However, going to the small claims court is a time-consuming hurdle for many tenants. Although attorneys are not licensed in small claims courts, renters can feel defeated when they sue a landlord or property manager in front of a judge.

Crain of the Northwest Justice Project says he has a hard time advising renters to take improper charges to court because “everyone has a different definition” of wear and tear.

“You can’t predict what will happen if you go to court, which is one of the failings of the law,” says Crain. “You want predictability.”

But if the tenant can’t pay, the other option isn’t much better. If the housing provider sends the damage costs to collection agencies, it can seriously affect a tenant’s ability to find a new apartment, as they would show up on any routine credit check.

Of course, some tenants successfully fight questionable allegations in court. Still, experience can weigh heavily on them.

Robert Elon Mix, a 70-year-old Vietnam veteran and diabetic, was homeless when a $5,000 bill for damage to the home he was evicted from was sent to a collection agency. The apartment complex where he had lived had changed hands and would not allow Mix to pay rent in two separate checks based on when he received his Social Security and Veterans Affairs.

“There wasn’t a day that went by that I didn’t get some shit from these people,” says Mix.

Mix contacted Crain of the Northwest Justice Project, who helped him win a case that reduced claims to zero damages after arguing that the company discriminated against Mix because of his disability.

But losing his apartment, being harassed by collections, and being wrestled in court brought back Mix’s depression and post-traumatic stress disorder, which he had long battled since the war.

“And it hasn’t gotten any better,” he says.


Mix was one of several people to testify in support of State House Bill 1300, introduced in 2021 by State MP My-Linh Thai, D-Bellevue, aimed at preventing landlords from levying improper damages.

The bill clarified “normal wear and tear” as damage due to aging or deterioration caused by simple living, and clarified that deposits generally cannot be withheld for things like carpet cleaning or replacement of lighting fixtures, appliances, appliances and furnishings if whose condition had not been documented at the start of the rental period. It also requires landlords to provide receipts for any work they charge tenants for.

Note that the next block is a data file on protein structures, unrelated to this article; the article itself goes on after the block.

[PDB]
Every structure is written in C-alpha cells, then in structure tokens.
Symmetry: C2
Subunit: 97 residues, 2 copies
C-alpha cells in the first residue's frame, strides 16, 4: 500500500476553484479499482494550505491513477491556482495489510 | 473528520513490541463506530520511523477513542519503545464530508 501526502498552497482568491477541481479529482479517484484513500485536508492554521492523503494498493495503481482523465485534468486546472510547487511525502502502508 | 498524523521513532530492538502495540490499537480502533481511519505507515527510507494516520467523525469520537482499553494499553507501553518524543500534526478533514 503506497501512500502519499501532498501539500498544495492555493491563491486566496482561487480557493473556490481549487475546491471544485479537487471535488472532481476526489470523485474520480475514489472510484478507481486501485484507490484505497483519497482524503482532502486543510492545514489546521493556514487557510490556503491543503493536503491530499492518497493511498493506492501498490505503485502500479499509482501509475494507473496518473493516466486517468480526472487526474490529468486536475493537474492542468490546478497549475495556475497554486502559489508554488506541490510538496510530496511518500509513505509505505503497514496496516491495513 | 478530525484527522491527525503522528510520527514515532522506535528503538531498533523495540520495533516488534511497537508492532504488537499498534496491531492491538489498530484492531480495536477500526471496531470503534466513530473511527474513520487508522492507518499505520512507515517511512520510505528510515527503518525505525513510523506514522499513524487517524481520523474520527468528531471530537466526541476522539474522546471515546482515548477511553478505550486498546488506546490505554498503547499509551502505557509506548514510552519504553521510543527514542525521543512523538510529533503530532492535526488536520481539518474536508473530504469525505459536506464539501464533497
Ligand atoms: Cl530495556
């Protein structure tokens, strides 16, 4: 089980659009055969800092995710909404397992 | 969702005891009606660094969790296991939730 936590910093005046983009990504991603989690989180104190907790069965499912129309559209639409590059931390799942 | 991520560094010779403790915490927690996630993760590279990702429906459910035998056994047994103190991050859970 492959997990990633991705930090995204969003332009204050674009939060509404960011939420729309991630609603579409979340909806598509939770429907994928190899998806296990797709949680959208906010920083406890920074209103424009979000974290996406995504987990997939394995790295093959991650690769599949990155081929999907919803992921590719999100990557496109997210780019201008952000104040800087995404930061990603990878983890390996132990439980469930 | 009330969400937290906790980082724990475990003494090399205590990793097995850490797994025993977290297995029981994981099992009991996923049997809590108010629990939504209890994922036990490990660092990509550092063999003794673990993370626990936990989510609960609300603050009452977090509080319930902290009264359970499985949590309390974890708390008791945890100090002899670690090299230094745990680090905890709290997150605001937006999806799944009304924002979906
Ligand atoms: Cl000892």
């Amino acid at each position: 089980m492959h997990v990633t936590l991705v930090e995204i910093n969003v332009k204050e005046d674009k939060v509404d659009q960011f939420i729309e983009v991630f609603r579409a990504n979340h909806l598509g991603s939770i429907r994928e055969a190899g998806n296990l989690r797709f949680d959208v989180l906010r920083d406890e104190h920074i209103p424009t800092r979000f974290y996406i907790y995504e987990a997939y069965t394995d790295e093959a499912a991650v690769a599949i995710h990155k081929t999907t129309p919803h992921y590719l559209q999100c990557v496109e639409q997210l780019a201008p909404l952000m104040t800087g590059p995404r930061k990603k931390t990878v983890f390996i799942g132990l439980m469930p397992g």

“The effect would be to clarify what a landlord can ask for before the parties are forced to incur the time and expense of a small claims court,” says Nagy.

But HB 1300 has achieved nothing in each of the last two legislatures. Other aspects of the bill that they felt were impractical were initially vehemently contested by homebuyers, such as a requirement for a damage assessment to be made shortly before the move-out date because, during an inspection, existing furniture or wall hangings could hide damage.

“Rep. Thai’s proposal poses logistical challenges and ultimately creates the potential for a contentious landlord-tenant split when there is otherwise a good relationship,” said Cory Brewer, vice president of housing operations at Windermere Property Management, who testified against the bill.

Pabon, the mother in Olympia, found a new home on the condition that she pay a higher deposit because of the damage caused by her previous tenant.

But all this, along with the fees just to fill out applications for a new apartment, completely depleted their savings.

“It just means that in the end there’s nothing left,” says Pabon.

So she is already trying to build up her savings for the next move.

FEATURED PICTURE: Following her eviction, Natasha Pabon, 35, of Olympia, faced a second blow: $3,500 in property manager’s fees for damages and other charges. (Dan Delong/Investigate West)